My journal entry for June 9, 2003: Across Oberalp and Susten Passes to Campground at Merigen, 98 km, 14.4 km/hr average. Woke early with the climbs on my mind. Left campground about 7:00, to town to a cafe and found croissants and coffee (8.6 SW Fr), and 2 Fr Snickers candy bar from the train station vending machine. Got a Coke, M&Ms, and a ham sandwich for the road, and a cream-filled pastry to consume, and felt prepared. Left Disenti about 8:00, reached top of Oberalp, 24 km, at 10:00, average 10.0 km/hr. Ride was hard but felt strong and stops for photos were sufficient to catch snacks and water with. Had clear early morning, no wind, excellent for riding, views wonderful. Got a photo and ate my food at the top. Descent to Andermatt and on to Wassen (21 km) was down, down, down, down—would estimate 1000+ meters. Got lunch of spaghetti and a rest in Wassen. Started climb to Susten at 12:09, immediately upon leaving town. Summit was at 63 km for the day (18 km net climbing). Climb vey hard for me. I would ride 30 minutes and take a break, that help. Scenery was great but I was almost too fatigued to enjoy. Reached Susten summit at 3:09, three hours exactly. Had a bratwurst and bread, and pie, for “lunch” (actually my 4th meal on the day). Took an hour and a half break on top. Luckily the sights on the descent were more dramatic than on the way up so I could take it in. Continued 35 additional kms to a campground in Meiringen, got in about 6:00. Very tough but satisfying day. Happy I went ahead and tackled both passes now.
Getting both passes covered in one day allowed me to shorten the trip by a day and have two leisurely days finishing off the ride to Lengnau. I rode into town on a a highway that had ben built since I was there in 1972 and I didn’t recognize the palce. After I stumbled onto Jungfraustrasse, the streets the Stucks lived on, my memory reoriented me to the town. I recognized the road I had used to commute by bicycle to work in a nursery in nearby Pieterlen and let my instinct carry me back there. After a little wandering around I saw a sign to Stauffers’ Gartenbau. A woman came out of the house and I thought I recognozed her as Camila, the daughter who, four at the time, had played joyfully around the garden while I worked. Soon Mr. Stauffer came out and I had my big moment to deliver in French the sentence I had been practicing on the ride through the mountains, “Quand je suis vingt et un, je travaile ici’ (when I am twenty-one I work(ed) here). It worked - he understood, smiled warmly and invited me in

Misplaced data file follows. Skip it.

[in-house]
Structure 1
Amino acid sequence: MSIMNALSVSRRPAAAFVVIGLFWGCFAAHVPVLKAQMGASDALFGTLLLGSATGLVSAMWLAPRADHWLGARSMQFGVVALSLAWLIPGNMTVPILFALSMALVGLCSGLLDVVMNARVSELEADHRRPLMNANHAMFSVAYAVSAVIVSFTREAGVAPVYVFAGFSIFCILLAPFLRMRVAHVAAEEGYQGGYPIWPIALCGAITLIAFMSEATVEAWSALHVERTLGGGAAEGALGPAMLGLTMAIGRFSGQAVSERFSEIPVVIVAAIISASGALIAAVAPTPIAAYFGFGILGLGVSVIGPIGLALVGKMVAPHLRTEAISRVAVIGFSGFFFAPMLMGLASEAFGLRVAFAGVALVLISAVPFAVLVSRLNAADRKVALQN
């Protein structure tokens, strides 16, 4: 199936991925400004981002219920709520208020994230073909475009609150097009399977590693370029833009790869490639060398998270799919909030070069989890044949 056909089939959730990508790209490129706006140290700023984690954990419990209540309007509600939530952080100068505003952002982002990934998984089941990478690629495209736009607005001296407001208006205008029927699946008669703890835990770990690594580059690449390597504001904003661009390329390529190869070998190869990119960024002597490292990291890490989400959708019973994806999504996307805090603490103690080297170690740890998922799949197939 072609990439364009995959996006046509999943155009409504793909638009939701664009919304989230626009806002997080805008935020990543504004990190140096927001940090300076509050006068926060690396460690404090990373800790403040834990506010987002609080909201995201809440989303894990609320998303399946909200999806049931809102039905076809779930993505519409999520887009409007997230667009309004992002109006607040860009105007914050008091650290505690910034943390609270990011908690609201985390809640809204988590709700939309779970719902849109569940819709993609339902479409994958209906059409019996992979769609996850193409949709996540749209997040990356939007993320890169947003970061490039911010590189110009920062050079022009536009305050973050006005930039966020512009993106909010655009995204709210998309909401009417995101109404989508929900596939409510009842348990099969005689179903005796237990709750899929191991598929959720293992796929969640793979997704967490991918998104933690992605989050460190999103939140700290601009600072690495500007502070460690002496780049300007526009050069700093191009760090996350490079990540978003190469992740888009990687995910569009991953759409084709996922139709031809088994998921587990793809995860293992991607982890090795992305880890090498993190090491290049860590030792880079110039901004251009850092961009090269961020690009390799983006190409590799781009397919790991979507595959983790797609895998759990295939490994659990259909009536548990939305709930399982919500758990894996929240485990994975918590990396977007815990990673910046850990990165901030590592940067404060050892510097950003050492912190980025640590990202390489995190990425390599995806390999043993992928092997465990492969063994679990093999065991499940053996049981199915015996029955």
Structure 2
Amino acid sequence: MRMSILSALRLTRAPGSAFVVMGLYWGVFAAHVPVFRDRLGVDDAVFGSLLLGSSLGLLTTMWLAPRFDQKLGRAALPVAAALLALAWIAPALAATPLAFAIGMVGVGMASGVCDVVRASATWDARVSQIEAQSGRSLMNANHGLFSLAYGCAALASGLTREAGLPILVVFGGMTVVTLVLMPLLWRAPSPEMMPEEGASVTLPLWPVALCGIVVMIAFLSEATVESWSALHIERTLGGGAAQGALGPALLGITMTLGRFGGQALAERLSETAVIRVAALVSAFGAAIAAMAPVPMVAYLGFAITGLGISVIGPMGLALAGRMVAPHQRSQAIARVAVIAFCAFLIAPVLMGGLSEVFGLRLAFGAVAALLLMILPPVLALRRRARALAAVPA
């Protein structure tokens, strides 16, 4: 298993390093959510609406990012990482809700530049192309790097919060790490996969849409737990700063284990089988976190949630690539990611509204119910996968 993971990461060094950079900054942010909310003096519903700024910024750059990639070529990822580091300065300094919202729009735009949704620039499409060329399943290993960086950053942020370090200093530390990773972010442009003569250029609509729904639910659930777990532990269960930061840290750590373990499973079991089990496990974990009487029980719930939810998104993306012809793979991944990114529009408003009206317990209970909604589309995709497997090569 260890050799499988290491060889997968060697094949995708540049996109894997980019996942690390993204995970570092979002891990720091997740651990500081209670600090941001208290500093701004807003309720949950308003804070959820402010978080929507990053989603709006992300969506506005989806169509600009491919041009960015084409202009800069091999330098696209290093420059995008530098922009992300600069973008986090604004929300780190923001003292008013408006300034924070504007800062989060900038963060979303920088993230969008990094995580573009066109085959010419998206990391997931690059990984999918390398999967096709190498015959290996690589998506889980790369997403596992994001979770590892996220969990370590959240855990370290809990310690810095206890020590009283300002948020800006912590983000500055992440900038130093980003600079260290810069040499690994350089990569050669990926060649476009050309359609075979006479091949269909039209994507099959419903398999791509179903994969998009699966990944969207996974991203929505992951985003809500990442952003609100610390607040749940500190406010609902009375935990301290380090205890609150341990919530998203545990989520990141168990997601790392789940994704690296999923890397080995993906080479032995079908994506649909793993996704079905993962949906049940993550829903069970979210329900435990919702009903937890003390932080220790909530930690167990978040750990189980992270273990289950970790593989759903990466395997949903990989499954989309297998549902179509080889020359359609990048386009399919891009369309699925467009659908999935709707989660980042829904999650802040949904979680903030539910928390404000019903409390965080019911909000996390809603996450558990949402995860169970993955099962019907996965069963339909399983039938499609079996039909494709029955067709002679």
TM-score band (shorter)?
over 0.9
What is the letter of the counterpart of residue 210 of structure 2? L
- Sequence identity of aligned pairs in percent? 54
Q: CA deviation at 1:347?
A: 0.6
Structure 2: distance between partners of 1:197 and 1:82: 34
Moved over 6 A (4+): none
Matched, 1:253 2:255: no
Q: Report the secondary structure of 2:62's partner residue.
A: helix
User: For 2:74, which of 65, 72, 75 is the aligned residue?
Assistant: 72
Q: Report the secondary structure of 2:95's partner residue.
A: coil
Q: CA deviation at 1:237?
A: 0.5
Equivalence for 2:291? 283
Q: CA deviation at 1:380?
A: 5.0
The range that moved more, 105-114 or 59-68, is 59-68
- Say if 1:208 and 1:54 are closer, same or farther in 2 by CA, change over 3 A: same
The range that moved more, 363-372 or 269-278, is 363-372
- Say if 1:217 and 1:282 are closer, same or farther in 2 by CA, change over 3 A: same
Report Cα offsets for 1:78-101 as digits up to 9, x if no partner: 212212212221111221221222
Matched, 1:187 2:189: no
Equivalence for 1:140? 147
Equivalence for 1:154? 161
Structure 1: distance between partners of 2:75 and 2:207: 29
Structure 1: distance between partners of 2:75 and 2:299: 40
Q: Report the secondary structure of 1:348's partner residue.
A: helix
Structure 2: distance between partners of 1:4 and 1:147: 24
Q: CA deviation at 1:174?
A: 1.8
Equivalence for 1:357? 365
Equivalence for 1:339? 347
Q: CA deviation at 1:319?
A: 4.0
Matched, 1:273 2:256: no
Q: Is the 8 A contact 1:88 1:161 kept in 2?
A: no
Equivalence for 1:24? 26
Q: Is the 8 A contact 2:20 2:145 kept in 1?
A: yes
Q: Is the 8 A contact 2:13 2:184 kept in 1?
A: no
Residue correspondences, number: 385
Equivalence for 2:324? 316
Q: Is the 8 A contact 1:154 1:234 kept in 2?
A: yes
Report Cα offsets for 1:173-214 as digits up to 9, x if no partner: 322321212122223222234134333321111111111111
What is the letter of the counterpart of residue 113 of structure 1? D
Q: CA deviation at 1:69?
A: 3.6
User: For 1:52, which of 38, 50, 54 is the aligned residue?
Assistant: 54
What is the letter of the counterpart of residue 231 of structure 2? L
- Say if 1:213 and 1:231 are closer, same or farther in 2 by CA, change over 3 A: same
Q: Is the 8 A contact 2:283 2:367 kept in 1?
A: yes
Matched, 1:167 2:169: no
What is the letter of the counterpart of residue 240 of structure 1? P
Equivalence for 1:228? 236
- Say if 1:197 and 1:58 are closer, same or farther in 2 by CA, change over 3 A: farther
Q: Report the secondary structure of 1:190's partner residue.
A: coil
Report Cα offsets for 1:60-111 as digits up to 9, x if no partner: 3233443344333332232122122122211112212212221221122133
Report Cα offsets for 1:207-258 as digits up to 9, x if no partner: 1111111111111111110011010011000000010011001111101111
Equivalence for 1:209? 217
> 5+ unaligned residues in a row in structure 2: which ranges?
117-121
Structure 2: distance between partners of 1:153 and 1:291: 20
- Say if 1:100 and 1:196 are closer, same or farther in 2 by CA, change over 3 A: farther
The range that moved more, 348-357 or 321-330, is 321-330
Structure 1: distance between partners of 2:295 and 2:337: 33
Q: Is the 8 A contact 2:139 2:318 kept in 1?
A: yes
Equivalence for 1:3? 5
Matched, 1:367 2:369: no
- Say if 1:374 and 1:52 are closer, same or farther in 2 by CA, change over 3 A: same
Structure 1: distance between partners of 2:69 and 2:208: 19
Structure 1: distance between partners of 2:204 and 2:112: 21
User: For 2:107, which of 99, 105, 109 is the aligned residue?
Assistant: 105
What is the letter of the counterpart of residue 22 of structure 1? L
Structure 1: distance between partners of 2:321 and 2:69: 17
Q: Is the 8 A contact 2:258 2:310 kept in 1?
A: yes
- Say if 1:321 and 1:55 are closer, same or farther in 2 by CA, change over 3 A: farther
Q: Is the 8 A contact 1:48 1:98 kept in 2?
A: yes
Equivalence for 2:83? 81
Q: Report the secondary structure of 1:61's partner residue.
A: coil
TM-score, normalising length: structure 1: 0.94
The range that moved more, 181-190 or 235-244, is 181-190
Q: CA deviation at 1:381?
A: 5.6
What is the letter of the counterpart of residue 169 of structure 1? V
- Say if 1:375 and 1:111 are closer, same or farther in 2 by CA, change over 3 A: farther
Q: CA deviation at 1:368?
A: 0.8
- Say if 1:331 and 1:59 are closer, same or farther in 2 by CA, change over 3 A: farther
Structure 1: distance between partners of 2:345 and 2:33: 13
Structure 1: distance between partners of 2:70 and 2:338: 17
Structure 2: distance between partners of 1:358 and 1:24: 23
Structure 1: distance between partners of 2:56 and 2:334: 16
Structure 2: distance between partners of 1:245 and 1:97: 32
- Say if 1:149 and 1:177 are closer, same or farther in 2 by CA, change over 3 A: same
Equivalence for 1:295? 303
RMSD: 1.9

August 25, 2003
Mr. John Keane
93A Morehampton Road
Donnybrook, Dublin 4
Thank you so much for the book recommendations you made to me when I was cycling through Dublin on my way round Ireland last month. You suggested That They May Face the Rising Sun by John McGahern and The Butcher Boy by McCabe.
After the macabre but page-turning Butcher Boy, I was rewarded to the treat of the fine narrative of McGahern’s book. Next I bought and ventured into Cal by Bernard MacLaverty; another one you had recommended but did not have in stock. I enjoyed MacLaverty’s writing most of the three-clear telling of a good story-and I felt I came away from Cal with a much better understanding of the complexities of the ‘troubles’ and the troubled young men who used them as a cover for beating their youthful warm drums. So, next I bought MacLaverty’s Grace Notes, which I loved, and shoved under the nose of a pianist/teacher friend (now my lovely wife Marianne) once I arrived back home. And then I picked up McGahern’s Amongst Women, another treat by him.
Thanks in no small part to your input, I had a great literary month cycling around Ireland. And I learned much more about the place than I would have otherwise.
Thanks for being there.